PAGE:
Episode 2: One-on-One with J.M. Berger

In November 2015, NJOHSP and the New York State Intelligence Center, along with the NJ Regional Intelligence Academy and MAGLOCLEN, hosted a 1-day seminar joining together Clint Watts, Dr. William McCants, J.M. Berger, and Seamus Hughes, to discuss the current threat of violent extremists and how law enforcement and homeland security professionals may counter it. NJOHSP analysts had the opportunity to interview these experts and engage in valuable dialogue, surrounding a variety of terrorism-related topics.

In Episode 2, J.M. Berger discusses social media tactics and messaging by both foreign and domestic terrorist groups.

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J.M. Berger

J.M. Berger is a fellow with George Washington University's Program on Extremism. He is researcher, analyst and consultant, with a special focus on extremist activities in the U.S. and use of social media. Berger is co-author of the critically acclaimed ISIS: The State of Terror with Jessica Stern and author of Jihad Joe: Americans Who Go to War in the Name of Islam, the only definitive history of the U.S. jihadist movement.

Berger publishes the web site Intelwire.com and has written for Politico, The Atlantic and Foreign Policy, among many others. He was previously a non-resident fellow with the Brookings Institution, Project on U.S. Relations with the Islamic World and an associate fellow with the International Centre for the Study of Radicalisation.

In addition to writing for the media, Berger consults for and trains private companies and government agencies on issues related to homegrown terrorism, online extremism, foreign fighters and advanced social media analysis. He has lectured at Harvard University, American University and the Fletcher School of Law and Diplomacy at Tufts University. He was keynote speaker and a panelist at the 2015 conference of the Society for Terrorism Study, hosted by the University of Massachusetts.


ADDITIONAL RESOURCES

ISIS: The State of Terror

The Islamic State, known as ISIS, exploded into the public eye in 2014 with startling speed and shocking brutality. It has captured the imagination of the global jihadist movement, attracting recruits in unprecedented numbers and wreaking bloody destruction with a sadistic glee that has alienated even the hardcore terrorists of its parent organization, al Qaeda.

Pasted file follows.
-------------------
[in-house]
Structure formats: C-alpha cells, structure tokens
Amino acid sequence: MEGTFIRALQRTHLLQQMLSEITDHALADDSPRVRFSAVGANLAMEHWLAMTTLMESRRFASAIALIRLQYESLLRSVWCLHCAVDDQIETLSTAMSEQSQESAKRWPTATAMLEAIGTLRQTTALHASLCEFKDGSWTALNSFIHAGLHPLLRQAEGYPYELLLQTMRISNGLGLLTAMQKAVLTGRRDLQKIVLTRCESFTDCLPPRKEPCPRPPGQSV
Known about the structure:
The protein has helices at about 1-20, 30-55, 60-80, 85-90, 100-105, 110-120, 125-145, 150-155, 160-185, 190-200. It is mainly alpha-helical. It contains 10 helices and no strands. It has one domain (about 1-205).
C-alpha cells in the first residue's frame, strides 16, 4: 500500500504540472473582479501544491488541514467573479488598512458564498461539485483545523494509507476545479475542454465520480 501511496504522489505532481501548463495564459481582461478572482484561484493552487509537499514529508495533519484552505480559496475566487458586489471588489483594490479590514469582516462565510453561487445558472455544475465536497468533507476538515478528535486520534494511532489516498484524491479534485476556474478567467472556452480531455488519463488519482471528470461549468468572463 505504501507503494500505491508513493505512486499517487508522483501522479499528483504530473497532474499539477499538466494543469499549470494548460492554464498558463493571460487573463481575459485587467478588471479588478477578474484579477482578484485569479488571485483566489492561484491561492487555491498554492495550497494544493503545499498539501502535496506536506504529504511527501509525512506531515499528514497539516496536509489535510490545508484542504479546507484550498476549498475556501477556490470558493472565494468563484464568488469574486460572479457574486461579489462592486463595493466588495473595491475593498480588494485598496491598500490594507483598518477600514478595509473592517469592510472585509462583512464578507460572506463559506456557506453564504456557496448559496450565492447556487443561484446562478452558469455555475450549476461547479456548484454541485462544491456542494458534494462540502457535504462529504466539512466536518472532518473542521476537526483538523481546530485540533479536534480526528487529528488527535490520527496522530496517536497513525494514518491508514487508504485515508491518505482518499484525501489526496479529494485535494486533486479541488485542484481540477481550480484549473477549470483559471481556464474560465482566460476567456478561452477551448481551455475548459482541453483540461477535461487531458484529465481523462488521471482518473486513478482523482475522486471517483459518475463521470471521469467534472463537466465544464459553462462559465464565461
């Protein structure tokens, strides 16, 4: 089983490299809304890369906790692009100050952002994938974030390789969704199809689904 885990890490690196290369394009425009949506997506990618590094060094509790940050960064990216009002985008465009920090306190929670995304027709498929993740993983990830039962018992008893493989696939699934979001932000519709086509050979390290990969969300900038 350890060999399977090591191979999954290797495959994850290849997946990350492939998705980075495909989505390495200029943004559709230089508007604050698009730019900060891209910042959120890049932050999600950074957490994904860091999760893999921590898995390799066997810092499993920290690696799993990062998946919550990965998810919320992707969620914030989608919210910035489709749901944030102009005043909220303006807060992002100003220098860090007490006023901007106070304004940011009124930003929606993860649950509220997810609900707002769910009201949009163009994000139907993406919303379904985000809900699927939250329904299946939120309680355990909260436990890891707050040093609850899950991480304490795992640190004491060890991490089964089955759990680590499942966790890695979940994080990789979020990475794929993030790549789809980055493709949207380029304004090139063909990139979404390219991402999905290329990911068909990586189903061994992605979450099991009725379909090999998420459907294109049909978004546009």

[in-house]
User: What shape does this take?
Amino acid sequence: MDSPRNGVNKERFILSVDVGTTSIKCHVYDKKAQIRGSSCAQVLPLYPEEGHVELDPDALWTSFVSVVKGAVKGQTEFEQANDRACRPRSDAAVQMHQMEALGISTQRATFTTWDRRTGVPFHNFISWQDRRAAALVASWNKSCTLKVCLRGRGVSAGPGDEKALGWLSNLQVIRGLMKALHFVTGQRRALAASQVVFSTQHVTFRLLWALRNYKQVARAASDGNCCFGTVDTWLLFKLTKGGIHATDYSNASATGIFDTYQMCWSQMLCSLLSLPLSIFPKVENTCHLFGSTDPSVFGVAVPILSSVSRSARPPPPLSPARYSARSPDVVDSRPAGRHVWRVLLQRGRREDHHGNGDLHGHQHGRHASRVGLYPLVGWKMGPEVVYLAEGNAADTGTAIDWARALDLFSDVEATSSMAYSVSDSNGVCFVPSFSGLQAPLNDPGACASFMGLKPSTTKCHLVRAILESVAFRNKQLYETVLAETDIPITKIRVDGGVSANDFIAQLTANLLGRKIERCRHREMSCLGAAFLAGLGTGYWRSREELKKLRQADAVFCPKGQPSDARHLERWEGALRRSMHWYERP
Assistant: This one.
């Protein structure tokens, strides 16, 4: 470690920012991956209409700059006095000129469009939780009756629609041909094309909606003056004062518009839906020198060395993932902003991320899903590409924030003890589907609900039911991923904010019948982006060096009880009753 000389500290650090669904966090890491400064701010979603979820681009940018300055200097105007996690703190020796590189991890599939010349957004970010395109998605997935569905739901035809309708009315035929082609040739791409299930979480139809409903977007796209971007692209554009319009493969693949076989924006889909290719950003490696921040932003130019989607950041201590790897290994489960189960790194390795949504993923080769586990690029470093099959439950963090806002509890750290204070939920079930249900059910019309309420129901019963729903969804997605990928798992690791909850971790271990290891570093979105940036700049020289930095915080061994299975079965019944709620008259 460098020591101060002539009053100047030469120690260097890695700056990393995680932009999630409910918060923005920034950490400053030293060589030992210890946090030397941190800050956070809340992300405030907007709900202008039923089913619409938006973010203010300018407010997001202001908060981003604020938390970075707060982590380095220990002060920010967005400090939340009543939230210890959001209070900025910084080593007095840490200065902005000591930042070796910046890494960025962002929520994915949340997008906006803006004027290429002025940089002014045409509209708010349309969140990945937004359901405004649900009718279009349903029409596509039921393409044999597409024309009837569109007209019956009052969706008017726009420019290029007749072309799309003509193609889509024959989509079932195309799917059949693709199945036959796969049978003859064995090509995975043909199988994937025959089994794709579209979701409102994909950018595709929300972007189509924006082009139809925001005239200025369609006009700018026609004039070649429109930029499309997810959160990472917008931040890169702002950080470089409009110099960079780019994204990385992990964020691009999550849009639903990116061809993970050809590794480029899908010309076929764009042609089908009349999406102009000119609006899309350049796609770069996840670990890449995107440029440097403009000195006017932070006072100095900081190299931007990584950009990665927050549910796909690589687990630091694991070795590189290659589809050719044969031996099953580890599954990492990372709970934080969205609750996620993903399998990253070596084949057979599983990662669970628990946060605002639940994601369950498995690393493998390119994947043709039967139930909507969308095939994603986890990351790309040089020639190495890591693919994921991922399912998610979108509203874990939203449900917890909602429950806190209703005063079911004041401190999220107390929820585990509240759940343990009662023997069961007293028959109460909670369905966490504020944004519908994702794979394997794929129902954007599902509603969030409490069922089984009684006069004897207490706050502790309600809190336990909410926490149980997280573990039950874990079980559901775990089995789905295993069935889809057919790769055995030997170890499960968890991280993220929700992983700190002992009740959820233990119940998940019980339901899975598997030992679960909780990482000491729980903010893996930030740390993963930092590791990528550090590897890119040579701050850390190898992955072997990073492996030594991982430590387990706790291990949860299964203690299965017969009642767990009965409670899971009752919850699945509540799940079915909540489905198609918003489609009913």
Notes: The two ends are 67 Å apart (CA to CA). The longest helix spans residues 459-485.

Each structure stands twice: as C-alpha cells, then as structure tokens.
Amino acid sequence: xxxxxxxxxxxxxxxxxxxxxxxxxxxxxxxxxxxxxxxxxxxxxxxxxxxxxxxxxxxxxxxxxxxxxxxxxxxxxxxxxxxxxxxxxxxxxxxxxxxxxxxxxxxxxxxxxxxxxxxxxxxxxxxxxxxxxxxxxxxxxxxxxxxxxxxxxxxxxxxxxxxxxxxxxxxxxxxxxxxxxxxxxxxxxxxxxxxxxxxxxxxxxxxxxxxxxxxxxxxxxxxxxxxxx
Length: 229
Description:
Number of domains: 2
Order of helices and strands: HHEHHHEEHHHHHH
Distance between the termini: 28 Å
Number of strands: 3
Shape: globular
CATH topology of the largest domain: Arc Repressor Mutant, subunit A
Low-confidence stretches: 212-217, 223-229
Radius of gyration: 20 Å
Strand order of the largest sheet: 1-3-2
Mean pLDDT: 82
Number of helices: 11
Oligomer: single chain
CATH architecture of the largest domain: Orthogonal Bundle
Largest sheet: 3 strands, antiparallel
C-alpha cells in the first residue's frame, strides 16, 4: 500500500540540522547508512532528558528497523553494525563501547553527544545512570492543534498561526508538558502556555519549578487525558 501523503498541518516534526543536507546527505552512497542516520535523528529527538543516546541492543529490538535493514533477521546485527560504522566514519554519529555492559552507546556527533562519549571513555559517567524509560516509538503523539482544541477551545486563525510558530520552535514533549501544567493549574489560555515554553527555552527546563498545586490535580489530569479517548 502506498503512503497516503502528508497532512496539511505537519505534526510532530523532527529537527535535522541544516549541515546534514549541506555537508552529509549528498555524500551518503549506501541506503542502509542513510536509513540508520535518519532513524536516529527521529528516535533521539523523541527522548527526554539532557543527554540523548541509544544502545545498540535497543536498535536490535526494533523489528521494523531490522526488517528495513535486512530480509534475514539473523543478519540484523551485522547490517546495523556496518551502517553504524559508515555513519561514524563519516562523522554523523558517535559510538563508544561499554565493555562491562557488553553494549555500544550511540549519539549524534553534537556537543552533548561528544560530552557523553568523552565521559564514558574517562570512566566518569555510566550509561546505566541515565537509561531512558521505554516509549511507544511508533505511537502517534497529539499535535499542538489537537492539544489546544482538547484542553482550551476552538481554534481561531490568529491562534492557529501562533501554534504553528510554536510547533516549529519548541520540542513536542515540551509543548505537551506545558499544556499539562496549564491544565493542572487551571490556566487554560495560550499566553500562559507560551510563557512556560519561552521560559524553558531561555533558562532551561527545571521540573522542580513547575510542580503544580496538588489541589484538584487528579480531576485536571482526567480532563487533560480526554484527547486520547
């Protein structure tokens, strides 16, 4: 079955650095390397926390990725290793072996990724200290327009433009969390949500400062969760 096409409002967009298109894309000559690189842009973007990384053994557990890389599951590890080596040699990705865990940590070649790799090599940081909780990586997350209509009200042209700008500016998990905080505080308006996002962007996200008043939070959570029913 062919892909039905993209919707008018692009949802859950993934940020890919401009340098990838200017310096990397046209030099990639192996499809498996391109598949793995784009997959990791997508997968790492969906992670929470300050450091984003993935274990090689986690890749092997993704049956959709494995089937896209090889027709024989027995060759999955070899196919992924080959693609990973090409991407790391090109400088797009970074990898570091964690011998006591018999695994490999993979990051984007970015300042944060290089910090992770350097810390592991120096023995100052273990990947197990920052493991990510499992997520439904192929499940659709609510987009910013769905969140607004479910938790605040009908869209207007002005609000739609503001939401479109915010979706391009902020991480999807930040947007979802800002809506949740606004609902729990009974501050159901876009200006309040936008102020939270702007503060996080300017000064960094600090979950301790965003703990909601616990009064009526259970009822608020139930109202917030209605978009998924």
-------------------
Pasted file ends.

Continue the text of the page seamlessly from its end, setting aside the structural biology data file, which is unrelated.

Jessica Stern and J.M. Berger, two of America’s leading experts on terrorism, dissect the new model for violent extremism that ISIS has leveraged into an empire of death in Iraq and Syria, and an international network that is rapidly expanding in the Middle East, North Africa and around the world.

ISIS: The State of Terror traces the ideological innovations that the group deploys to recruit unprecedented numbers of Westerners, the composition of its infamous snuff videos, and the technological tools it exploits on social media to broadcast its atrocities, and its recruiting pitch to the world, including its success at attracting thousands of Western adherents. The authors examine ISIS’s predatory abuse of women and children and its use of horror to manipulate world leaders and its own adherents as it builds its twisted society. The authors offer a much-needed perspective on how world leaders should prioritize and respond to ISIS’s deliberate and insidious provocations.

Jihad Joe: Americans Who Go to War in the Name of Islam

They are Americans, and they are mujahideen. Hundreds of men from every imaginable background have walked away from the traditional American dream to volunteer for battle in the name of Islam. Some have taken part in foreign wars that aligned with U.S. interests, while others have carried out violence against Westerners abroad, fought against the U.S. military, and even plotted terrorist attacks on American soil. This story plays out over decades and continents: from the Americans who took part in the siege of Mecca in 1979 through conflicts in Lebanon, Afghanistan, and Bosnia, and continuing today in Afghanistan and Somalia.

Investigative journalist J. M. Berger profiles numerous fighters, including some who joined al Qaeda and others who chose a different path. In these pages he portrays, among others, Abdullah Rashid, who fought the Soviets in Afghanistan; Mohammed Loay Bayazid, who was present at the founding of al Qaeda; Ismail Royer, who fought in Bosnia and Kashmir, then returned to run training camps in the United States; Adam Gadahn, a Jewish Californian who is now al Qaeda’s chief spokesman; and Anwar Awlaki, the Yemeni-American imam with links to 9/11 who is now considered one of the biggest threats to America’s security.